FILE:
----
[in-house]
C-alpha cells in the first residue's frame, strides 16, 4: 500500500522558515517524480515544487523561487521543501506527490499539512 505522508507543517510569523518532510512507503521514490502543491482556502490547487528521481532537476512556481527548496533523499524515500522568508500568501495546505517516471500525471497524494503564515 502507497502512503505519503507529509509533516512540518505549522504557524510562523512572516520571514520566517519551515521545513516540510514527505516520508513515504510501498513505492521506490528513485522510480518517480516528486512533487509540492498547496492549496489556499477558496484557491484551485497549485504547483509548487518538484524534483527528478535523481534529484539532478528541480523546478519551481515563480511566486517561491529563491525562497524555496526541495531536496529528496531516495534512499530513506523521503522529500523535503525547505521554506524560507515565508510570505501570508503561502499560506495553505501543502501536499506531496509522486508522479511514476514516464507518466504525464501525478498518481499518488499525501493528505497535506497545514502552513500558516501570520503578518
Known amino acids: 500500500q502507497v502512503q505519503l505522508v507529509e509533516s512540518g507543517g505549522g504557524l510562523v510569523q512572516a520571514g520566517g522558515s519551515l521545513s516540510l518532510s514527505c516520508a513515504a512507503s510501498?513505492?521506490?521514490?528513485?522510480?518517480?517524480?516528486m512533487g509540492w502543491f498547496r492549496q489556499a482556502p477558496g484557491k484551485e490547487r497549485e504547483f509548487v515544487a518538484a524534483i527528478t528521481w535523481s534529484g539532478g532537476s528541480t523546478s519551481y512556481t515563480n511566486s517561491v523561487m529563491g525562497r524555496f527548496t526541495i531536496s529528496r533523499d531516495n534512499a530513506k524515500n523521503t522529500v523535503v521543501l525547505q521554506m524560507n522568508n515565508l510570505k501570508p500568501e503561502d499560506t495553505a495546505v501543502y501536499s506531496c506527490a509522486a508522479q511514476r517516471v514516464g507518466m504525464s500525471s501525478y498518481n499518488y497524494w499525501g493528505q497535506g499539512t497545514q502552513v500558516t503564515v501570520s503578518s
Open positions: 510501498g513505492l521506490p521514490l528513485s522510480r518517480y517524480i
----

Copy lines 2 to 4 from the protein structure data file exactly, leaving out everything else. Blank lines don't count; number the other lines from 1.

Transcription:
C-alpha cells in the first residue's frame, strides 16, 4: 500500500522558515517524480515544487523561487521543501506527490499539512 505522508507543517510569523518532510512507503521514490502543491482556502490547487528521481532537476512556481527548496533523499524515500522568508500568501495546505517516471500525471497524494503564515 502507497502512503505519503507529509509533516512540518505549522504557524510562523512572516520571514520566517519551515521545513516540510514527505516520508513515504510501498513505492521506490528513485522510480518517480516528486512533487509540492498547496492549496489556499477558496484557491484551485497549485504547483509548487518538484524534483527528478535523481534529484539532478528541480523546478519551481515563480511566486517561491529563491525562497524555496526541495531536496529528496531516495534512499530513506523521503522529500523535503525547505521554506524560507515565508510570505501570508503561502499560506495553505501543502501536499506531496509522486508522479511514476514516464507518466504525464501525478498518481499518488499525501493528505497535506497545514502552513500558516501570520503578518
Known amino acids: 500500500q502507497v502512503q505519503l505522508v507529509e509533516s512540518g507543517g505549522g504557524l510562523v510569523q512572516a520571514g520566517g522558515s519551515l521545513s516540510l518532510s514527505c516520508a513515504a512507503s510501498?513505492?521506490?521514490?528513485?522510480?518517480?517524480?516528486m512533487g509540492w502543491f498547496r492549496q489556499a482556502p477558496g484557491k484551485e490547487r497549485e504547483f509548487v515544487a518538484a524534483i527528478t528521481w535523481s534529484g539532478g532537476s528541480t523546478s519551481y512556481t515563480n511566486s517561491v523561487m529563491g525562497r524555496f527548496t526541495i531536496s529528496r533523499d531516495n534512499a530513506k524515500n523521503t522529500v523535503v521543501l525547505q521554506m524560507n522568508n515565508l510570505k501570508p500568501e503561502d499560506t495553505a495546505v501543502y501536499s506531496c506527490a509522486a508522479q511514476r517516471v514516464g507518466m504525464s500525471s501525478y498518481n499518488y497524494w499525501g493528505q497535506g499539512t497545514q502552513v500558516t503564515v501570520s503578518s
Open positions: 510501498g513505492l521506490p521514490l528513485s522510480r518517480y517524480i